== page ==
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The Peoples Democratic Party on Sunday took a swipe on the Edo State Government over the dismissal of workers at the state-owned College of Agriculture, Iguoriakhi.

Over 400 staff of the 37-year-old college had been sacked by the state government, with effect from January 31, explaining that their services were no longer needed as the school was undergoing restructuring.

The institution, located in the Ovia South-West Local Government Area of the state, was also closed down, a development which attracted a protest and a suit at the National Industrial Court by the aggrieved.

But the state chapter of the party condemned the decision of the government, which it alleged was aimed at denying the citizens their right to education for development.

Reacting, however, Governor Godwin Obaseki, noted that the opposition party lacked the moral right to speak on educational reforms in the state.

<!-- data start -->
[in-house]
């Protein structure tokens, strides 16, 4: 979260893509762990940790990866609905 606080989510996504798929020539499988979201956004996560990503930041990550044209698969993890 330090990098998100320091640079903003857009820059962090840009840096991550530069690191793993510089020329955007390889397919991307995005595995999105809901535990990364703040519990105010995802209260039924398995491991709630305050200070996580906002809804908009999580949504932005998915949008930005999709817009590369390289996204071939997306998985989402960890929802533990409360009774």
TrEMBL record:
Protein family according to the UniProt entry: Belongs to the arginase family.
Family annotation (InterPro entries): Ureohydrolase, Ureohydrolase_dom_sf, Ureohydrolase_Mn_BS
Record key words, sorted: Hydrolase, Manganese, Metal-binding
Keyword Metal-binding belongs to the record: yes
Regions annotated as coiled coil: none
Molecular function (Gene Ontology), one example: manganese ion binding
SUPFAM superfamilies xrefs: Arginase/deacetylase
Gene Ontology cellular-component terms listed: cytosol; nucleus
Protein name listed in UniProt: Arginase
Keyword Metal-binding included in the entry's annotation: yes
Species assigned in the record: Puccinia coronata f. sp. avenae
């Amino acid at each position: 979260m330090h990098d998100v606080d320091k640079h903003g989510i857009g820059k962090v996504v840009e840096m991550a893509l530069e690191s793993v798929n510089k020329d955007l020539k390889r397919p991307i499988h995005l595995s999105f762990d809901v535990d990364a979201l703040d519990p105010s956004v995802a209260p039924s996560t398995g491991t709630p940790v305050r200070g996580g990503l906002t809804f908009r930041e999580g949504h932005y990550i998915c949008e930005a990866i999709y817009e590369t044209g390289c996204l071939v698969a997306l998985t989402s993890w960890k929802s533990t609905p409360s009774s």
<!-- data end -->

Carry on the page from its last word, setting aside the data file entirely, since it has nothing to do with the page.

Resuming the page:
Obaseki said that the residents had yet to forget what educational institutions looked like when the PDP held sway, alleging that while some of the schools were set up as conduits to siphon public funds, others were grossly mismanaged, causing them to not to be accredited.

The PDP, in a statement by its Publicity Secretary, Mr. Chris Nehikhare, said, “We are dismayed by the recent announcement that the College of Agriculture, Iguoriakhi, Edo State, has been closed down and the employment of all its academic and non-academic staff terminated. All sacked!

“Edo PDP is worried about what is now becoming a pattern – a systematic denial of Edo state indigenes, especially in the Edo South zone, of educational facilities to develop and improve themselves and their skills.”

The opposition party alleged that it was convinced that Edo South was facing what it described as an “education holocaust,” owing to the policies of the state government in the educational sector.

It expressed worry that the Tayo Akpata University of Education, formerly the College of Education, Ekiadolor, had yet to be approved by the National Universities Commission, when its counterpart, the Edo University, Iyamho, had long been accredited.

The party also accused the state government of allegedly being insensitive to the plight of the citizens.

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